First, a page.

Hello! I’m Marie Sexton, soccer mom, laundry avoider, and author of gay romance. I live in Colorado, so it’s probably no surprise that I often write about the Mile High state. However, my latest novella, Lost Along the Way, is mostly set in Laramie, Wyoming.
Now, as somebody who’s lived part of her life in Wyoming, and all forty-odd years of it in the American west, I’m often struck by how wrong the media gets it when they portray our part of the country. I suppose I shouldn’t be surprised. Even most American tend to forget there’s a pretty god damn big expanse of land in between California and the Mississippi. And you wouldn’t believe how often people say to me, “Mountain Standard Time? You mean Central, right?” (No, my friend. There’s an entire time zone between PST and CST.) So I suppose it’s to be expected that most of the country thinks we’re a bunch of swaggering cowboys. If you trust TV, everybody in Colorado wears a Stetson (fact: very few do), and everybody in Wyoming talks like a Texan (fact: only the Texas transplants do).
But I digress.
My protagonist, Daniel Whitaker, is actually a Denver meteorologist who grew up in Laramie and has to return home after the deaths of his parents. Laramie is 129 miles from Denver (and only 65 miles from where I live in Fort Collins), but the difference between here and there is amazing. As you drive north, the already-dry air gets drier, the trees fall away, and the landscape opens up and grows wider than you can imagine. It’s beautiful, but in a really strange, barren way.
Well, how about if I just show you?
The drive from Colorado to Wyoming is filled with these stone outcroppings, where the wind has basically stripped the earth bare and left her bones behind.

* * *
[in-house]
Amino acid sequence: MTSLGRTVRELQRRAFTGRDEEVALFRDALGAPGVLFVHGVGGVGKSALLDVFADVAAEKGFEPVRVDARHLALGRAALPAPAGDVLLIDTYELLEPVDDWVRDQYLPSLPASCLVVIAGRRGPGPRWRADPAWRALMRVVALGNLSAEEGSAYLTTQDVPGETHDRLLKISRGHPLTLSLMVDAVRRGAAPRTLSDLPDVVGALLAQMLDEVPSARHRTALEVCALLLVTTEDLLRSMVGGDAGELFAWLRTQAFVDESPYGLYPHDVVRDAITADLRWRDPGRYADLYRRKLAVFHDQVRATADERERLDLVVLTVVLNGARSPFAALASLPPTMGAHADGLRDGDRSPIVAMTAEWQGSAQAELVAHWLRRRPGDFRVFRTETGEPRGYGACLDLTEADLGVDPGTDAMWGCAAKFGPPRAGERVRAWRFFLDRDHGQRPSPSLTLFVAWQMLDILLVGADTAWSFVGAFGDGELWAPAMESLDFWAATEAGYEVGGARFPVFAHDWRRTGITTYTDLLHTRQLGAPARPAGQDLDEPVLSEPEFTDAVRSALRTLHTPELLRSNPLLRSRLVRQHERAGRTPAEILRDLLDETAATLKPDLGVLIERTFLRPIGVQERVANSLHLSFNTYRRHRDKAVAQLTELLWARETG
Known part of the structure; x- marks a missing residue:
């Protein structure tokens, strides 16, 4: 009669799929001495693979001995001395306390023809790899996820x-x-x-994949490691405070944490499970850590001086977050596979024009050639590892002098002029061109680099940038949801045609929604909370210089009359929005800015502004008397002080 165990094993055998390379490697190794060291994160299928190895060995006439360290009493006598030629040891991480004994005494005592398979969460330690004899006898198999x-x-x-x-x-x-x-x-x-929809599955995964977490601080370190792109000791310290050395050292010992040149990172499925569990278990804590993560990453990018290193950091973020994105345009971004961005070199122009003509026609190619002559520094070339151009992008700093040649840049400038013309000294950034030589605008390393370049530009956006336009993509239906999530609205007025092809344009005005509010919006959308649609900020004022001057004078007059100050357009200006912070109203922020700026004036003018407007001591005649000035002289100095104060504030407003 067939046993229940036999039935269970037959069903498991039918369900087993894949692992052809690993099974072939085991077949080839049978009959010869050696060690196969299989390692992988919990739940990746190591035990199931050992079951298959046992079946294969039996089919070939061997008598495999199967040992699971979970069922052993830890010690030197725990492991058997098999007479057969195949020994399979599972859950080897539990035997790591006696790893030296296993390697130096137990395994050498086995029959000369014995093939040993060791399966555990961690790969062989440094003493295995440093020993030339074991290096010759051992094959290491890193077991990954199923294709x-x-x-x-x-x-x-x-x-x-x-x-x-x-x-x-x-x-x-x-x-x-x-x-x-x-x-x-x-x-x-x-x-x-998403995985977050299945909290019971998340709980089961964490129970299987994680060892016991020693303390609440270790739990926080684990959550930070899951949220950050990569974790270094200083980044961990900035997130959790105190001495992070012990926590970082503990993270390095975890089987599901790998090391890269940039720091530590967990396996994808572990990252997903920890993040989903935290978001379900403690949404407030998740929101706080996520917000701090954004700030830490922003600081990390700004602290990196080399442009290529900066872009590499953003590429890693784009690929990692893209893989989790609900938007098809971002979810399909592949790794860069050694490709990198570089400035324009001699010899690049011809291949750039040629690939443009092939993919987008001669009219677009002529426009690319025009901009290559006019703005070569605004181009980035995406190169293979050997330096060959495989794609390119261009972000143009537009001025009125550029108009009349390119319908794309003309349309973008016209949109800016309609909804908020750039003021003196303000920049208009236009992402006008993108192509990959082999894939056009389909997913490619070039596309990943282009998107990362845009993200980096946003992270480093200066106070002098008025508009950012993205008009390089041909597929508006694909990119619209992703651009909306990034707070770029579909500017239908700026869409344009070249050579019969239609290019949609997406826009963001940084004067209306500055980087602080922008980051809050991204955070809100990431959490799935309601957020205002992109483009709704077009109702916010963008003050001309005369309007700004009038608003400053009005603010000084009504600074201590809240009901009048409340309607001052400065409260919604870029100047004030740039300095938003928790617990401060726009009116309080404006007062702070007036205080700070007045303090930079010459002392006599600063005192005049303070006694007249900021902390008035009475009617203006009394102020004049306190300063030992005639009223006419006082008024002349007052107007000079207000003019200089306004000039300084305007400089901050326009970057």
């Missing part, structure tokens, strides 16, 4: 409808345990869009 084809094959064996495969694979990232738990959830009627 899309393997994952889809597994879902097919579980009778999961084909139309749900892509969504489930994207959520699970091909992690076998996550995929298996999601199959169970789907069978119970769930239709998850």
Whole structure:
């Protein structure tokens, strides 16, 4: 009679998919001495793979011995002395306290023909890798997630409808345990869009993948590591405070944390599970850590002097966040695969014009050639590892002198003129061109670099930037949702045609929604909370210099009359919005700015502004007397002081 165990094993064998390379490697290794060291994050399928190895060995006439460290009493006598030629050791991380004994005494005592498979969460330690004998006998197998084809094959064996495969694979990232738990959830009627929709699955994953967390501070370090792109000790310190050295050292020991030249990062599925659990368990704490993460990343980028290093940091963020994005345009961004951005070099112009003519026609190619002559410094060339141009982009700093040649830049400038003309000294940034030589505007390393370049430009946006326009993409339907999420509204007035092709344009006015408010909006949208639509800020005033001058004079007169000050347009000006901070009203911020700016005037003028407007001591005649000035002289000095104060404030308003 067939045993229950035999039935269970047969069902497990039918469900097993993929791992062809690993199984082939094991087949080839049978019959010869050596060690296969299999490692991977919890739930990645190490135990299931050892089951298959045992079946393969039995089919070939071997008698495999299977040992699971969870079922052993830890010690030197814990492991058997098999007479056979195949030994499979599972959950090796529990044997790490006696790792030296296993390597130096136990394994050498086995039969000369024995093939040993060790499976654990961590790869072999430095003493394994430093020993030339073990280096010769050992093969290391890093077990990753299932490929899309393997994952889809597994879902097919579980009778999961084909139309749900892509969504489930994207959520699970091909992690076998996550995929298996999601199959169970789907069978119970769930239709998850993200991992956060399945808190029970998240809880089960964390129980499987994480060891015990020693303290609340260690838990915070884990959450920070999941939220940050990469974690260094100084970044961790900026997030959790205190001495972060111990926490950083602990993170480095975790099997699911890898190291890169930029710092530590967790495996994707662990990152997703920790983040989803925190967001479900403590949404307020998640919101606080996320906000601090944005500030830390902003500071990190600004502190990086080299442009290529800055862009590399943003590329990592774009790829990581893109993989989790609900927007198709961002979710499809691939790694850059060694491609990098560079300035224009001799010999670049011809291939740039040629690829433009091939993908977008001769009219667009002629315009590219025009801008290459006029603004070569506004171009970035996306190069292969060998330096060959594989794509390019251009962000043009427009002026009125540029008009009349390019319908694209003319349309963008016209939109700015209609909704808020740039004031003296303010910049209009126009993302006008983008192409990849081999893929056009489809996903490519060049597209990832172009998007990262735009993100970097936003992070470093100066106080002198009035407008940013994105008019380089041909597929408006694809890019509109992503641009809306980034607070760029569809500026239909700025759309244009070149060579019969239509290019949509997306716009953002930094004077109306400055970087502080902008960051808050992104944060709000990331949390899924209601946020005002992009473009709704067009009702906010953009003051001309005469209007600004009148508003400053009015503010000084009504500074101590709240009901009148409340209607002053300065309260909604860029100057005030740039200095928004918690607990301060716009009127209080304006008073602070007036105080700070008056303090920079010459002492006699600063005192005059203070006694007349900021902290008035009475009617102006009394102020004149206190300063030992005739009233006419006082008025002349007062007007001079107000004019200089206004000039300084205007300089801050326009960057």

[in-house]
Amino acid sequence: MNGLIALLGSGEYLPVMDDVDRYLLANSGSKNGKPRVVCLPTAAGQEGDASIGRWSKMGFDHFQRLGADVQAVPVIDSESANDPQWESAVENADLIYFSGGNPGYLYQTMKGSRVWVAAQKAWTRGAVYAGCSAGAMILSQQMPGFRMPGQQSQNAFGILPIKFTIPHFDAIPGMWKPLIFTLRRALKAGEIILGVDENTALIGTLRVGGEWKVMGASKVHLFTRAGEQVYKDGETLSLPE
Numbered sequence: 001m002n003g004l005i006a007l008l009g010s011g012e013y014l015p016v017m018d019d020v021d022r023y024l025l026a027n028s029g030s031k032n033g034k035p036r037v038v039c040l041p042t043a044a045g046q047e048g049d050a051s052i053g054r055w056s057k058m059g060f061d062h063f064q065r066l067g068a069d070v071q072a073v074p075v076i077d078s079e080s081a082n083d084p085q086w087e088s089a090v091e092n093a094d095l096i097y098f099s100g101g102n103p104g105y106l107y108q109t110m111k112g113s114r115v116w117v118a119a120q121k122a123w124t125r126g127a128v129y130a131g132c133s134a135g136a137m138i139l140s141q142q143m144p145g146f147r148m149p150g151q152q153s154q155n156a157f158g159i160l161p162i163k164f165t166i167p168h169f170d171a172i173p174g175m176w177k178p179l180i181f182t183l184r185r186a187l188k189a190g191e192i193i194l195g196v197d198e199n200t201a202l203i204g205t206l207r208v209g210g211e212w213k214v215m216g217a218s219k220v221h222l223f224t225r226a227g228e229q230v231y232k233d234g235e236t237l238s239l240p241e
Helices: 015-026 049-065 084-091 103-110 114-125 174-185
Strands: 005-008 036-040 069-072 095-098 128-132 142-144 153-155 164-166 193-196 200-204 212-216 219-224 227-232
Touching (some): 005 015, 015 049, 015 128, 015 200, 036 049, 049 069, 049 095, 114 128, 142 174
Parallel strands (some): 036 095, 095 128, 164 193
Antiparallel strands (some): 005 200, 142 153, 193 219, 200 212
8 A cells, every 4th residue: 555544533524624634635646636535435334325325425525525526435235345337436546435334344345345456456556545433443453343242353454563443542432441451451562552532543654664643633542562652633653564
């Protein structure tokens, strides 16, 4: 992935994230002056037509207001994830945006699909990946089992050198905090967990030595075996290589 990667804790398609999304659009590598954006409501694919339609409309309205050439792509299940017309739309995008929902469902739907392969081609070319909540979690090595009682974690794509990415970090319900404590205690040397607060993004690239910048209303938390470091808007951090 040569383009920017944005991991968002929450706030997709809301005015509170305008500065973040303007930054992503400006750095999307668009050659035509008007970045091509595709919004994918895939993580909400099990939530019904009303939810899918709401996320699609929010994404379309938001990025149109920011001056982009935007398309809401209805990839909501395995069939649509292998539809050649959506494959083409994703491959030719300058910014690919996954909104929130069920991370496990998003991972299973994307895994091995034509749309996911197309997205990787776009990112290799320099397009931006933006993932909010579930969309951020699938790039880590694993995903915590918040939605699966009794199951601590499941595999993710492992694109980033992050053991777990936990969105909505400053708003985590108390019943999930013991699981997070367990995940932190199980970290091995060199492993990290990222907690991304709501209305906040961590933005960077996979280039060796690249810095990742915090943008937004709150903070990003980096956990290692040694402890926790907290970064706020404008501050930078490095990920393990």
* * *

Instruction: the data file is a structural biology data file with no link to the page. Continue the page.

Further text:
As you come into Laramie, you see this:
Not much around, is there? And what that picture doesn’t give you is the sound of the ever-present wind howling in your ears. The southern portion of Wyoming along I-80 is seriously, brutally windy. In fact, my Laramie contact (author Alanna Coca, a.k.a. Olivia Brynn) told me she thought it was rather diplomatic of me when I referred to it as “gusty” in the book. Let’s face it: “gusty” is more romantic than “feels like it’s ripping your hair out by the roots.” J
As you enter town, the highway becomes Laramie’s main drag, which looks like this:
(Although there are usually a few people around! It isn’t a ghost town, after all.) This is the section of town where Jubilee (the annual celebration around the Fourth of July and Wyoming’s statehood celebration on the 10th) takes place. It looks small and quaint, and in some ways it is, but this is also the home of the University of Wyoming, so it’s actually a bustling college town nine months out of the year.
Daniel’s family owns a house in between the University and LaPrele park, and he talks a lot about these areas in the story. LaPrele Park is actually built around Spring Creek. This narrow little stream is the whole reason Fort Laramie was built in this particular spot. (There isn’t a whole lot of water in this portion of the country!)